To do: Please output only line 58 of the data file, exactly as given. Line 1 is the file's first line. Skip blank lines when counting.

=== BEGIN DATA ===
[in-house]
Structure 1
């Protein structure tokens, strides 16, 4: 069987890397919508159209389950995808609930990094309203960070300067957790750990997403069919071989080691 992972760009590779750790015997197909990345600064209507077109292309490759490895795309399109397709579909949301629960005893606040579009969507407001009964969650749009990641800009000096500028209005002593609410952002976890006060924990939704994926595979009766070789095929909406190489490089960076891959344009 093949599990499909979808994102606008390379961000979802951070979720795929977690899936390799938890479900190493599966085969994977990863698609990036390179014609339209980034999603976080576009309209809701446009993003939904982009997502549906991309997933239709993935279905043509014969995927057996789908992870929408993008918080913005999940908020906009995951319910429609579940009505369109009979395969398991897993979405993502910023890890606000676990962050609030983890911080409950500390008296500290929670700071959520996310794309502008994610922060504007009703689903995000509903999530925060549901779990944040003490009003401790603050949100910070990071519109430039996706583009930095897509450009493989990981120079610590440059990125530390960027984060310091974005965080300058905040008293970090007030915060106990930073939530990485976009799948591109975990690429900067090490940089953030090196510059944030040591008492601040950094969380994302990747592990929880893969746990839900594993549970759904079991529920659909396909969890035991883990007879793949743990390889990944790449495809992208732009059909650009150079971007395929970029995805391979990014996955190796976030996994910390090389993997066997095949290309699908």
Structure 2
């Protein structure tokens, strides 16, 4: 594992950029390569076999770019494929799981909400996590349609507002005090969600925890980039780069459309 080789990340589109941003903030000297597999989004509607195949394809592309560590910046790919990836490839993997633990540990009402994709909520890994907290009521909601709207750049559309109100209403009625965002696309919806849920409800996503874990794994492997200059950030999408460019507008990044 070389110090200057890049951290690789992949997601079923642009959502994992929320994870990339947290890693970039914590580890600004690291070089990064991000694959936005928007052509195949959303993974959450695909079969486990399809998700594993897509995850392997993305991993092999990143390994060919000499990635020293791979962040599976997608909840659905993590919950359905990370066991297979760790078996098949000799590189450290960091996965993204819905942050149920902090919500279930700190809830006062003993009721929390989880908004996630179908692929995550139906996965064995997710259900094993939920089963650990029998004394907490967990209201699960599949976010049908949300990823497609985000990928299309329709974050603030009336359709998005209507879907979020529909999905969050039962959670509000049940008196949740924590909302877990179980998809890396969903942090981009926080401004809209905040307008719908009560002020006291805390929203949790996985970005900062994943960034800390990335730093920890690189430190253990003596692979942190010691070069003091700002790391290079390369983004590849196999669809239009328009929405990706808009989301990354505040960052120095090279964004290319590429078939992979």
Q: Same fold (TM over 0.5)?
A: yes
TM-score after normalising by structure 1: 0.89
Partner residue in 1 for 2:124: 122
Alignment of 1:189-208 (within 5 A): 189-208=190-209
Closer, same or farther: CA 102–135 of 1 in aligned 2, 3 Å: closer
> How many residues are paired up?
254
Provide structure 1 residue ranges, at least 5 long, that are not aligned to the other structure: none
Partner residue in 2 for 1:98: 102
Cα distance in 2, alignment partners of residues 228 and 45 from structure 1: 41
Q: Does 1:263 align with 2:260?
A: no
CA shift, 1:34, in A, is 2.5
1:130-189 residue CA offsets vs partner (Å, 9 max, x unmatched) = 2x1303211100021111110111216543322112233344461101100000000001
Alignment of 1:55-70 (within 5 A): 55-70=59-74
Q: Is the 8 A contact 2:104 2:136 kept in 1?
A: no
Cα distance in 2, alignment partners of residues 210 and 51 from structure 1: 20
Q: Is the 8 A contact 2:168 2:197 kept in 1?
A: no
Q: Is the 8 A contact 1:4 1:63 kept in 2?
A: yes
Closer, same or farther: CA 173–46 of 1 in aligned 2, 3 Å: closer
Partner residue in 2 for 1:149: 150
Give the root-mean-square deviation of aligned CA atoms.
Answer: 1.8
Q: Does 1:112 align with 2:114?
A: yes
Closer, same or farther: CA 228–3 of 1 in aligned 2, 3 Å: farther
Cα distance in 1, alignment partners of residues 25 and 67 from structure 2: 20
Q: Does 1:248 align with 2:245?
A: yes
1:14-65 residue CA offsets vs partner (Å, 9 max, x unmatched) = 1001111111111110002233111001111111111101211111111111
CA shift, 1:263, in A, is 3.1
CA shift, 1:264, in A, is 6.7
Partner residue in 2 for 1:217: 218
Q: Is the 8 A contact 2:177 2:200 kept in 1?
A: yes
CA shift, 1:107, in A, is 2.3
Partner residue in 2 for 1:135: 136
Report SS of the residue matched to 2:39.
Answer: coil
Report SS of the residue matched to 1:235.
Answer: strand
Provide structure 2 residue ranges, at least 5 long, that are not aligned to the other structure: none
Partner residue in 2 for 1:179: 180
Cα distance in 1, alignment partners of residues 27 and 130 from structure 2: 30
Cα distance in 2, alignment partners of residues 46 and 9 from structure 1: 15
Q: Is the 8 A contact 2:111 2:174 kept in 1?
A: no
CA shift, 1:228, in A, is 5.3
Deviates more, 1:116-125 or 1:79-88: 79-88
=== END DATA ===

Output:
Deviates more, 1:116-125 or 1:79-88: 79-88